I've been ramping up to run a pulp-y science fantasy game for quite some time, in true Planet Algol fashion, with setting and adventures liberally borrowed from the aforementioned blog.*
I was never quite happy with the idea of using D&D as the core system, though. I briefly considered using instead Stormbringer or Elric, but that idea never set well, either. As my desire to run an Algolian game grew, it seemed that finding a suitable system became harder.
Then, after several nights of indulging in '80s nostalgia (driven by watching several seasons of "Magnum, P.I.") and harkening back to the halcyon days of my intro to gaming - which happened to, thanks mostly to Raiders of the Lost Ark and Tales of the Gold Monkey, coincide with a burgeoning love for pulp-era fiction, style, and music - my mind wandered to a system I had briefly fallen in love with over a decade ago: Buck Rogers: High Adventure Cliffhangers.**
BR:HAC is about as rules lite as it gets. As one review I read put it, it's a game for people who think Savage Worlds is too crunchy. (I'm paraphrasing here, since I no longer recall the source.) It's fast, lean, and offers a cinematic/dime store novel feel without all the overhead that seems to come along with it in many other game systems. And even though it's clearly set in the Buck Rogers' "universe," its rules-light nature makes it a prime candidate for house ruling/shoehorning into one's own setting.
For a pulp-themed game, BR:HAC really plays into the style of the genre. I've toyed with TSR's Gangbusters and Indiana Jones, and spent far too many hours prepping for a Savage Worlds game that never materialized; I think this is because the systems for these games, although each worthy in their own right, never hit the pulp sweet spot in my mind.
I chose BR:HAC for my Algol game, because I didn't want to do the usual murder-hobo D&D game. I wanted a real pulp feel that D&D just doesn't deliver with its levels and hit points. BR:HAC just seemed to hit the right spot.
The proof is in the play: I ran a multi-adventure session of my "Planet Algol: High Adventure Cliffhangers" game over the weekend, and it was an unmitigated success. Furthermore, I've been badgered daily since then to run more PA:HAC games. It seems like using BR:HAC was the right choice.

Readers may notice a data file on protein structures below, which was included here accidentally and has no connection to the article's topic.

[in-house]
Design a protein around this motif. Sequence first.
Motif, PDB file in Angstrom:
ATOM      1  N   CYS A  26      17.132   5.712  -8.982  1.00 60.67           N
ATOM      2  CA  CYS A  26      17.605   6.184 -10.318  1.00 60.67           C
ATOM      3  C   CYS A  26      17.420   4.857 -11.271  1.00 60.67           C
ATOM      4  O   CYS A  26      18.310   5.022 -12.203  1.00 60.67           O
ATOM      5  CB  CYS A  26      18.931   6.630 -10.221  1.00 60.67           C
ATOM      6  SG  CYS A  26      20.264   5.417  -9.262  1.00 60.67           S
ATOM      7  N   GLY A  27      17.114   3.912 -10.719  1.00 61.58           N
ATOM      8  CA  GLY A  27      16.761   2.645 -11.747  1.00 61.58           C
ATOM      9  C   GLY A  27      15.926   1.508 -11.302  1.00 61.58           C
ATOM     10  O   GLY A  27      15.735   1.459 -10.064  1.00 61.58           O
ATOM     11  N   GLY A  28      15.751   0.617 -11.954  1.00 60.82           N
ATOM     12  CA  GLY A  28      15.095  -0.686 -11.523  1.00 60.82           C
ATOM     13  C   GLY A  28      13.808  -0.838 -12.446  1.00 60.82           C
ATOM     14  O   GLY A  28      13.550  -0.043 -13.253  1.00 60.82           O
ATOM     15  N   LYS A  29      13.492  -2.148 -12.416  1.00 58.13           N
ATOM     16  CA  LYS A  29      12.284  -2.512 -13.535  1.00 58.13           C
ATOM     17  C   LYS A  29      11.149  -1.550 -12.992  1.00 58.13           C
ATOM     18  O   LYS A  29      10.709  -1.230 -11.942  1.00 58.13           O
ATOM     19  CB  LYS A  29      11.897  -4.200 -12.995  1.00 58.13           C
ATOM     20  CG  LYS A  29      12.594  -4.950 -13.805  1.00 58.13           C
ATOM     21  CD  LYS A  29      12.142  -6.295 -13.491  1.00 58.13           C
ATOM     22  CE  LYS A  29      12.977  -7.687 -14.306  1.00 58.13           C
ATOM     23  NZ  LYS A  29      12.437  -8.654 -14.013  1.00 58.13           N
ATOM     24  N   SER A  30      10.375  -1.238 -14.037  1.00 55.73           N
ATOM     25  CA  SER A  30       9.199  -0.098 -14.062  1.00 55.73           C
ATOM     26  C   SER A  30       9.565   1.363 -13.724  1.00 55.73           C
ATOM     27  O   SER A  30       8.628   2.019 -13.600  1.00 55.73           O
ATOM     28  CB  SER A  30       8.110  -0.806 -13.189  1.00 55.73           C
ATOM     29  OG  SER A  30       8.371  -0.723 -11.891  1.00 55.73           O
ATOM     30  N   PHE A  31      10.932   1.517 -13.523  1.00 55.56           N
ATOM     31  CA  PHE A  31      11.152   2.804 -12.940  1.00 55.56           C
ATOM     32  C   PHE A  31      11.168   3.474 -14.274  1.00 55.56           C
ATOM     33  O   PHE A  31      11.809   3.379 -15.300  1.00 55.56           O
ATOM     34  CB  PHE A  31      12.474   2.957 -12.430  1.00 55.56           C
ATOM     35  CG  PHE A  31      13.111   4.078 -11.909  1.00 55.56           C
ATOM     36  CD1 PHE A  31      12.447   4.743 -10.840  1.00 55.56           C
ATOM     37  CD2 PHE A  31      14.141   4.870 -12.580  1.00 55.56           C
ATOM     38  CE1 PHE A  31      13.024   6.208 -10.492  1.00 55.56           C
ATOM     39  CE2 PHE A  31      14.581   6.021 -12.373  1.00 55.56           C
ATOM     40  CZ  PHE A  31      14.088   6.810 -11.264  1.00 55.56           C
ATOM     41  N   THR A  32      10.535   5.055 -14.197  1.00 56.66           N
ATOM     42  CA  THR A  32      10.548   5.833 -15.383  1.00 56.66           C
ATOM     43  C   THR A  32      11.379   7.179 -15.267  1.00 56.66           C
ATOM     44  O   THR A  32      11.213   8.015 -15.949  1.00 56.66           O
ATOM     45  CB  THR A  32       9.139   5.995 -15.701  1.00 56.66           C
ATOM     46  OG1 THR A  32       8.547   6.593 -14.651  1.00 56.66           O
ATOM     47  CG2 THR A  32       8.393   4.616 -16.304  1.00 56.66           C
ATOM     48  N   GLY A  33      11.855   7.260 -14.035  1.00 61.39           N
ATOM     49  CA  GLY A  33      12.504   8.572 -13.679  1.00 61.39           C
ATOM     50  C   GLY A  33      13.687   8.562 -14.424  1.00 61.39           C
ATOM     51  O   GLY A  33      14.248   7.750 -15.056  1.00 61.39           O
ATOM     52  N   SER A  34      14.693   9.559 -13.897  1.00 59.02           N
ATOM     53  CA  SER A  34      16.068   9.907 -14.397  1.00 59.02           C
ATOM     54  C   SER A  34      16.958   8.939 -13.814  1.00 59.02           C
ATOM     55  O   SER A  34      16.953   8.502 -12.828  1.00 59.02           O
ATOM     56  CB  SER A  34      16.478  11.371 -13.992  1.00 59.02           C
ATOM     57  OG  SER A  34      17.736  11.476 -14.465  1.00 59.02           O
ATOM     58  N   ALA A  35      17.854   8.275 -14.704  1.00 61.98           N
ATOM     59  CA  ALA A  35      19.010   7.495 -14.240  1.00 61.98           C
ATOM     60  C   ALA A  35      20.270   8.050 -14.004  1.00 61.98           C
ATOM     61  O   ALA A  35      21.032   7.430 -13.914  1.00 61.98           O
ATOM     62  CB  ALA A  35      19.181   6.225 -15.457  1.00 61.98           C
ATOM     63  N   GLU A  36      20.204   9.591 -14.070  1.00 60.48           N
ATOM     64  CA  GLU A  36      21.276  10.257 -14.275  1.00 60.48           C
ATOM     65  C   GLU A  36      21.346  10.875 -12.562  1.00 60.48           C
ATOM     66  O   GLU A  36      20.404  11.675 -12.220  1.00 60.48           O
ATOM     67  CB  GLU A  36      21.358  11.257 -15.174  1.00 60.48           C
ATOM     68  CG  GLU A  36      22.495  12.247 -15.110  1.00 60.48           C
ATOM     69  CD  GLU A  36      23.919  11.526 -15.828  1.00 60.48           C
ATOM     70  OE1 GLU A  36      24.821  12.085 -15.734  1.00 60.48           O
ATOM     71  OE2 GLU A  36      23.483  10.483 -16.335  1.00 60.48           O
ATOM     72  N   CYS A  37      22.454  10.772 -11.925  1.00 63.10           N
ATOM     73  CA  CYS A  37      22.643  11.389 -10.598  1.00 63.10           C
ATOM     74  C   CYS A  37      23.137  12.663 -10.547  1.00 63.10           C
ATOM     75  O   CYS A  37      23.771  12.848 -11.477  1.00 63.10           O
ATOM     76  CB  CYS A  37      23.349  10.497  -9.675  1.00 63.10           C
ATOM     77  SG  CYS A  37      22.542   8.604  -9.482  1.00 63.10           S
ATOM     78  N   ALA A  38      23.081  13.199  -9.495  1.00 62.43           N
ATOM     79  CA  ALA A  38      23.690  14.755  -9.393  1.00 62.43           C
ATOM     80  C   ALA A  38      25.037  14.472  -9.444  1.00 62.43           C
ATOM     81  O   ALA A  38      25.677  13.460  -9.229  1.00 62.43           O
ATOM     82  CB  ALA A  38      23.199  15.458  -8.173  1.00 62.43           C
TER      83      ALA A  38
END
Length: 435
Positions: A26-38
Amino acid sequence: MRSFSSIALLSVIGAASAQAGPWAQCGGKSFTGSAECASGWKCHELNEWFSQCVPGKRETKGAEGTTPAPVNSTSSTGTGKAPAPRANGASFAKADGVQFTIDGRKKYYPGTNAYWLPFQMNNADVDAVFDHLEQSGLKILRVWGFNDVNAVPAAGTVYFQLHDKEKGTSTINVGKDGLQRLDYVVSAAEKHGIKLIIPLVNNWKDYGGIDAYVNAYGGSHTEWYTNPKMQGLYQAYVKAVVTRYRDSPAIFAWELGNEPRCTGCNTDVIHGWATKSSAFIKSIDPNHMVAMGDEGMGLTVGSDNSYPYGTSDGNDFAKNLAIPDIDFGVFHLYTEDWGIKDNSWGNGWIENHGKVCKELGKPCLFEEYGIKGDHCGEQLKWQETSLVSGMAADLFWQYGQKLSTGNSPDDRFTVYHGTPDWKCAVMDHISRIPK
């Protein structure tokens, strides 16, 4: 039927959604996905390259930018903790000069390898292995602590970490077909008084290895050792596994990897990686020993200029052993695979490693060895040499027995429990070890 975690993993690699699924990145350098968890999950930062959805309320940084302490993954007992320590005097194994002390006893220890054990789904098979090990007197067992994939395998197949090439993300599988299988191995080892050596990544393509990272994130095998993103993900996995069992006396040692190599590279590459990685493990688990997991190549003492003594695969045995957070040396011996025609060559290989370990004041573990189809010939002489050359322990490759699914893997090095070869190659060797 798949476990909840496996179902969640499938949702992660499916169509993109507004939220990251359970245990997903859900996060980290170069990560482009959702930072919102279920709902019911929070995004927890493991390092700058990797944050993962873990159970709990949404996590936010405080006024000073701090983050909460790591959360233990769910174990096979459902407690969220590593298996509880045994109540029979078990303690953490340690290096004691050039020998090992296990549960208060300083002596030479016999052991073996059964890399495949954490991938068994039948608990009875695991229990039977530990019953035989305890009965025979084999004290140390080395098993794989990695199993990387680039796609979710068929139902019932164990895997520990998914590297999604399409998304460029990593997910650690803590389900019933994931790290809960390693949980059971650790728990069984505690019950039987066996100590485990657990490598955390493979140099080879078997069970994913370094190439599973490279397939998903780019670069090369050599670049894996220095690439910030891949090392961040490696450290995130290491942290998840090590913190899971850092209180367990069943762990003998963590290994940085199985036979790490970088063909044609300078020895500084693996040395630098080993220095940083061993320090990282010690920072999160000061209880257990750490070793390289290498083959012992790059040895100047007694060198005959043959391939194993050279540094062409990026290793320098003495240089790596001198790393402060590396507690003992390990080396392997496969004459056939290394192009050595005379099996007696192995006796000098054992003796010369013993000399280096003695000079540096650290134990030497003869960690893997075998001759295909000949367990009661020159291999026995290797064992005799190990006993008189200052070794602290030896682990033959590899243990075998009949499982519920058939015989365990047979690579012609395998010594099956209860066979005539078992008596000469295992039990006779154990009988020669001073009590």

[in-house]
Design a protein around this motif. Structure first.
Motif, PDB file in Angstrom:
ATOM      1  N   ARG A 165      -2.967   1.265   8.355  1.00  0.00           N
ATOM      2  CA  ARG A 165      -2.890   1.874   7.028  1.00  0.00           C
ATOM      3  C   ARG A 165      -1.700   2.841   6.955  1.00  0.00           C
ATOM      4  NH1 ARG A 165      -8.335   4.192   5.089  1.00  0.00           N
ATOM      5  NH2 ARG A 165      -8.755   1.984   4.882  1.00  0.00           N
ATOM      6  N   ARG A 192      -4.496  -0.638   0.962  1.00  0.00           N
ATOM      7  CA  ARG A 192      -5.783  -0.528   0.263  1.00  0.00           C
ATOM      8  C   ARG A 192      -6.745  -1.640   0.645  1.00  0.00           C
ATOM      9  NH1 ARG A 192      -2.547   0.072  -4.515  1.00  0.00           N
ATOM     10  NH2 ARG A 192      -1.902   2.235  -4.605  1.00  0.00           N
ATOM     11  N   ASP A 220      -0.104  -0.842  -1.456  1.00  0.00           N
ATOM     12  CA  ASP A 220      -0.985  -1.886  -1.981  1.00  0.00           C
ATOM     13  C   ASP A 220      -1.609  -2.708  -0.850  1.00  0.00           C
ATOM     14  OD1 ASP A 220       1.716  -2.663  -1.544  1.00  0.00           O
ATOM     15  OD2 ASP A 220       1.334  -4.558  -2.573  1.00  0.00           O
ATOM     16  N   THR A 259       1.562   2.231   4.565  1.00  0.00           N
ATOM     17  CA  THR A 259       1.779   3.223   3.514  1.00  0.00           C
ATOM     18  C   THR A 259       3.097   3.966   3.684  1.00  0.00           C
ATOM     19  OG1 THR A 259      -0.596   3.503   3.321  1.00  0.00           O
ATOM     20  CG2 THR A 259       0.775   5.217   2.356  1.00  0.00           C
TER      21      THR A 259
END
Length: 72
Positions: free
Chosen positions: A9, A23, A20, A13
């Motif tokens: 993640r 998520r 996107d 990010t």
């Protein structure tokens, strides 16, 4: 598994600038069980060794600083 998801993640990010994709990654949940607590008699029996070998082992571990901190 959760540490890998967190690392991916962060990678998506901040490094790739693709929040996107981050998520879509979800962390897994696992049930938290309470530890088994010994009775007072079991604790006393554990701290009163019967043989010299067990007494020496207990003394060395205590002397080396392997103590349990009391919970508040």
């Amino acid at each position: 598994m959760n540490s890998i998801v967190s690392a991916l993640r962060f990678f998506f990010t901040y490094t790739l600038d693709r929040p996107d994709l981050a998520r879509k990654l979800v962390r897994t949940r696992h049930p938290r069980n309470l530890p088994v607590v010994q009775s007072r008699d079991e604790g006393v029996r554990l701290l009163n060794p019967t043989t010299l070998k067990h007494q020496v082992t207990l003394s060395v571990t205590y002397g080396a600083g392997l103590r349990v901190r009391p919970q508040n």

Thanks to BR:HAC, it even looks like I may finally be running a few "standard" pulp/noir games in the near future. And that's something I've been yearning to do since those Gold Monkey days, when my 16-year-old self forewent contemporary idols for the likes of Humphrey Bogart, wore bow-ties and white felt hats, and listened to the Andrews Sisters.***
***RIP Patty Andrews (below, center), last surviving member of that wonderful trio, who passed away just a few hours prior to this post. Thank you and your sisters for helping fuel an awkward teen's love of a bygone era.
So, a bit of crass personal commercialism (sorry!!!):
I've been "restructured" out of job, so if anybody reading this needs or knows anybody that needs to fill a position for a senior web developer (specializing in Microsoft technologies) or a webmaster, let me know.
(Somewhere warm would be really nice - I've had enough of this -1-degree weather!)
I was looking through my early Heavy Metal mags recently, and got to considering the evolution of the book's covers over the years. I hadn't consciously realized just how lame they had become, starting in the mid-90s. (I bought my last ish of HM sometime in 2001 or 2002 because I just found most of its content uninteresting. I never really gave it much thought, though.) It amazes me how the likes of Olivia, Luis Royo, Julie Bell, and their imitators have managed to take the life out of the once fantastic art that adorned these covers, replacing it with naught more than scantily clad, wooden-posed women (obviously based very closely on photographs of real-life models).
Does anybody remember when artists knew the human body and could illustrate it without visually copying from a photo? (Sure, many of the greats used photos, but only for inspiration, not as actual blueprints.) Or when HM didn't just slap on its covers boring paintings of women standing/sitting around?
Turns out that my old-school sensibilities don't apply just to my game preferences - they apply to my fantasy/sci fi art preferences, as well.
"To me one of the best parts of DMing is that you get a chance to build all sorts of fun static pieces like monsters, dungeons, wilderness environs and then you let players loose on them to see what happens. Usually it involves watching your toys getting broken, but hopefully the players do an interesting job of wrecking your precious creations."
"I’m an adventurer. I want to know what’s in the box."
W. Dear, The Dungeon Master
Order of the d30
Since I bought my first d30's with the Armory's book of d30 tables several decades ago when they first came out (back when they were numbered 0 to 9, three times - none of this fancy 1 to 30 business!), I figure I can claim membership in this Order!